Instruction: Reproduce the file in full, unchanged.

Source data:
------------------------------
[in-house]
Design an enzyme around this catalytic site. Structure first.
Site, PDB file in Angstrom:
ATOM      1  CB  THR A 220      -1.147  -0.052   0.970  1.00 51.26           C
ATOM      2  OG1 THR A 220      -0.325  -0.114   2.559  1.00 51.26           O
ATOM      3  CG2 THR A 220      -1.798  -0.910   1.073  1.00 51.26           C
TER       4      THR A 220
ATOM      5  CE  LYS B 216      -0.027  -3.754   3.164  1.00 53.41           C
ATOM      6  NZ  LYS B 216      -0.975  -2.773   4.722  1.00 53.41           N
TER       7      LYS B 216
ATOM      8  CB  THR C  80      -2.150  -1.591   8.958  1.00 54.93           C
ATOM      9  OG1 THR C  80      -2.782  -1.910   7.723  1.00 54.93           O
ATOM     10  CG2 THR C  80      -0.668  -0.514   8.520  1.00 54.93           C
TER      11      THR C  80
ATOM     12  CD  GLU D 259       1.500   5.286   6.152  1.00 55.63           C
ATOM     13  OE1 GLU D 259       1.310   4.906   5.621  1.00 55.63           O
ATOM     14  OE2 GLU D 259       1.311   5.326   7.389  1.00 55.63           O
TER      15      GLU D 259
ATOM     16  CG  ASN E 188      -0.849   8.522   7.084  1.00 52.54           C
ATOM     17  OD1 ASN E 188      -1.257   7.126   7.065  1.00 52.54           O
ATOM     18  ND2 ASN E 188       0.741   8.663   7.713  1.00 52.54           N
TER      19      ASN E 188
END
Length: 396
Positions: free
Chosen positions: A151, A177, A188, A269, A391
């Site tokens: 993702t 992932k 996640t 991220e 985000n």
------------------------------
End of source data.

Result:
[in-house]
Design an enzyme around this catalytic site. Structure first.
Site, PDB file in Angstrom:
ATOM      1  CB  THR A 220      -1.147  -0.052   0.970  1.00 51.26           C
ATOM      2  OG1 THR A 220      -0.325  -0.114   2.559  1.00 51.26           O
ATOM      3  CG2 THR A 220      -1.798  -0.910   1.073  1.00 51.26           C
TER       4      THR A 220
ATOM      5  CE  LYS B 216      -0.027  -3.754   3.164  1.00 53.41           C
ATOM      6  NZ  LYS B 216      -0.975  -2.773   4.722  1.00 53.41           N
TER       7      LYS B 216
ATOM      8  CB  THR C  80      -2.150  -1.591   8.958  1.00 54.93           C
ATOM      9  OG1 THR C  80      -2.782  -1.910   7.723  1.00 54.93           O
ATOM     10  CG2 THR C  80      -0.668  -0.514   8.520  1.00 54.93           C
TER      11      THR C  80
ATOM     12  CD  GLU D 259       1.500   5.286   6.152  1.00 55.63           C
ATOM     13  OE1 GLU D 259       1.310   4.906   5.621  1.00 55.63           O
ATOM     14  OE2 GLU D 259       1.311   5.326   7.389  1.00 55.63           O
TER      15      GLU D 259
ATOM     16  CG  ASN E 188      -0.849   8.522   7.084  1.00 52.54           C
ATOM     17  OD1 ASN E 188      -1.257   7.126   7.065  1.00 52.54           O
ATOM     18  ND2 ASN E 188       0.741   8.663   7.713  1.00 52.54           N
TER      19      ASN E 188
END
Length: 396
Positions: free
Chosen positions: A151, A177, A188, A269, A391
């Site tokens: 993702t 992932k 996640t 991220e 985000n």